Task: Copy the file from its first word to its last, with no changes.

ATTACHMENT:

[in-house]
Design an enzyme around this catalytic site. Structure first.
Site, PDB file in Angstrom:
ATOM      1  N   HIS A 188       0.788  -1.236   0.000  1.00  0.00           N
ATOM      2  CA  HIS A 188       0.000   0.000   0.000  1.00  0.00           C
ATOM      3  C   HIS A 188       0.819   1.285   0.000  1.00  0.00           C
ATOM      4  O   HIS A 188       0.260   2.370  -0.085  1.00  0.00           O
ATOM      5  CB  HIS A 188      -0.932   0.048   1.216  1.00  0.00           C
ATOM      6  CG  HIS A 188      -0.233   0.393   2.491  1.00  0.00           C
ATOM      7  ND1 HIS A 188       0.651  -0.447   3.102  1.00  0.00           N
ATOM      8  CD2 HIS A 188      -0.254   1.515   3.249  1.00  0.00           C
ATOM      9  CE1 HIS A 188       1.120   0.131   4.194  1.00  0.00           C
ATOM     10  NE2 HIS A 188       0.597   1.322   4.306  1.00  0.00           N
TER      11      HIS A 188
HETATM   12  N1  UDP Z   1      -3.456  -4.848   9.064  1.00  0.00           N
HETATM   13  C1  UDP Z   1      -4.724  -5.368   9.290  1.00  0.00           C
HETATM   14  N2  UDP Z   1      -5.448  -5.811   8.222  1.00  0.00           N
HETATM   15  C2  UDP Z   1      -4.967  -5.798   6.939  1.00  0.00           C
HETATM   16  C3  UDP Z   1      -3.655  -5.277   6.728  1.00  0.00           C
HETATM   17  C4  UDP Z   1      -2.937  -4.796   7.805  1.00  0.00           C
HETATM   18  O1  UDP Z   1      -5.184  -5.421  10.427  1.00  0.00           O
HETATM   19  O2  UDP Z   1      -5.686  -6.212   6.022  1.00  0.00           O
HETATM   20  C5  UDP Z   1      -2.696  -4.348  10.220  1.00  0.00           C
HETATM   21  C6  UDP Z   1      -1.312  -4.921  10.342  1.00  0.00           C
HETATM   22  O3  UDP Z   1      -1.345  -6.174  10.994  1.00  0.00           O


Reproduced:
[in-house]
Design an enzyme around this catalytic site. Structure first.
Site, PDB file in Angstrom:
ATOM      1  N   HIS A 188       0.788  -1.236   0.000  1.00  0.00           N
ATOM      2  CA  HIS A 188       0.000   0.000   0.000  1.00  0.00           C
ATOM      3  C   HIS A 188       0.819   1.285   0.000  1.00  0.00           C
ATOM      4  O   HIS A 188       0.260   2.370  -0.085  1.00  0.00           O
ATOM      5  CB  HIS A 188      -0.932   0.048   1.216  1.00  0.00           C
ATOM      6  CG  HIS A 188      -0.233   0.393   2.491  1.00  0.00           C
ATOM      7  ND1 HIS A 188       0.651  -0.447   3.102  1.00  0.00           N
ATOM      8  CD2 HIS A 188      -0.254   1.515   3.249  1.00  0.00           C
ATOM      9  CE1 HIS A 188       1.120   0.131   4.194  1.00  0.00           C
ATOM     10  NE2 HIS A 188       0.597   1.322   4.306  1.00  0.00           N
TER      11      HIS A 188
HETATM   12  N1  UDP Z   1      -3.456  -4.848   9.064  1.00  0.00           N
HETATM   13  C1  UDP Z   1      -4.724  -5.368   9.290  1.00  0.00           C
HETATM   14  N2  UDP Z   1      -5.448  -5.811   8.222  1.00  0.00           N
HETATM   15  C2  UDP Z   1      -4.967  -5.798   6.939  1.00  0.00           C
HETATM   16  C3  UDP Z   1      -3.655  -5.277   6.728  1.00  0.00           C
HETATM   17  C4  UDP Z   1      -2.937  -4.796   7.805  1.00  0.00           C
HETATM   18  O1  UDP Z   1      -5.184  -5.421  10.427  1.00  0.00           O
HETATM   19  O2  UDP Z   1      -5.686  -6.212   6.022  1.00  0.00           O
HETATM   20  C5  UDP Z   1      -2.696  -4.348  10.220  1.00  0.00           C
HETATM   21  C6  UDP Z   1      -1.312  -4.921  10.342  1.00  0.00           C
HETATM   22  O3  UDP Z   1      -1.345  -6.174  10.994  1.00  0.00           O